As Oscar leaps, we shift more towards the storybook/fantastical end of this show’s presentation, presenting his dive into the river as if he’s floating through the night sky

The show frankly stretches a little beyond its visual means for this still-remarkable sequence, as our perspective flips to reveal Oscar floating above his city

“The one that shone the brightest was a black gem.” Zenigata

“I want to protect him. The jewel that’s mine alone”

Our title is “Feast of Fools”

Goddamnit, does this mean we’re still not going to check back with Fujiko? Damn you, Okada!

Zenigata is currently tracking Fujiko, who’s been stealing “gaudy and low-class objects”

“I’ve been put in charge of Fujiko. Until I catch her, I can’t focus on Lupin. I can’t waste my time on a pawn like Fujiko.” Zenigata has a master’s degree in underestimating Fujiko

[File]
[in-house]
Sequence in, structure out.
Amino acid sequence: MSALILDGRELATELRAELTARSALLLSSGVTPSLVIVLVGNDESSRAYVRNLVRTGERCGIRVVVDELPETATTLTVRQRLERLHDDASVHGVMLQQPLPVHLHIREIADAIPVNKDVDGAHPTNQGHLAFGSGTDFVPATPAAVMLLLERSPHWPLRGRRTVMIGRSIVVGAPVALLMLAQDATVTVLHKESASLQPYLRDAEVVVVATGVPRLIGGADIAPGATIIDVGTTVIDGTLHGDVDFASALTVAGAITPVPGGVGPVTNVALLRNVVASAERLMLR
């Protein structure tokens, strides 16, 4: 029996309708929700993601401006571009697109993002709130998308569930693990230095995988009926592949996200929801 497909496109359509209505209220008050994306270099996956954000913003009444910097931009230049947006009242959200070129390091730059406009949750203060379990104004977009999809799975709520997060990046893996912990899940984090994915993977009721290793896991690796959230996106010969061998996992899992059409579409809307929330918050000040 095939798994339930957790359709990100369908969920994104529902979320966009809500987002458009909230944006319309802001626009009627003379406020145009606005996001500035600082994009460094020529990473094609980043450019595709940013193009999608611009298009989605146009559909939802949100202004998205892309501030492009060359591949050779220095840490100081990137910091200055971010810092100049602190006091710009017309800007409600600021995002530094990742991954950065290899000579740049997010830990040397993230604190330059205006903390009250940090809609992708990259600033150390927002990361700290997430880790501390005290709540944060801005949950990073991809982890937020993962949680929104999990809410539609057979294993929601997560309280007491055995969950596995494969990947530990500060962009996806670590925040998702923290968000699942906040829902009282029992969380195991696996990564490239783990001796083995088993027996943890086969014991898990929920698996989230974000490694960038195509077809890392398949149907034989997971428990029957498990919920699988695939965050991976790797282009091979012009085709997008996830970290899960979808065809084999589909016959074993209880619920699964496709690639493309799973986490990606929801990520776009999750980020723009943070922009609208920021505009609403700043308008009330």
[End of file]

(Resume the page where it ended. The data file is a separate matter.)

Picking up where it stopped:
Okay, good. We do indeed catch up with Fujiko, who’s hiding out with Goemon in a remote cabin

Fujiko tosses his offered food aside. “What is this? Are you trying to take care of me? If you want to have sex with me, don’t beat around the bush!” Fujiko can’t believe in unconditional kindness, and why would she? She’s certainly never been offered any before

“At least for the sake of my swordsmanship, I must find out the truth about Fujiko Mine.” This show doesn’t really exaggerate Goemon’s goofy mannerisms, but in the context of everyone else’s behavior, he still comes across as an adorable man-child. Fujiko’s preeminence of perspective shades everyone somewhat differently than the Lupin default; Lupin’s playfulness has a strong tinge of menace, while, lacking normal Lupin’s reverence for cool sword stuff, Goemon comes off as a child

A tiara is stolen, but neither Lupin nor Zenigata see the theft as Fujiko’s style. Her thievery is practical, based around extorting maximum value, not making an impression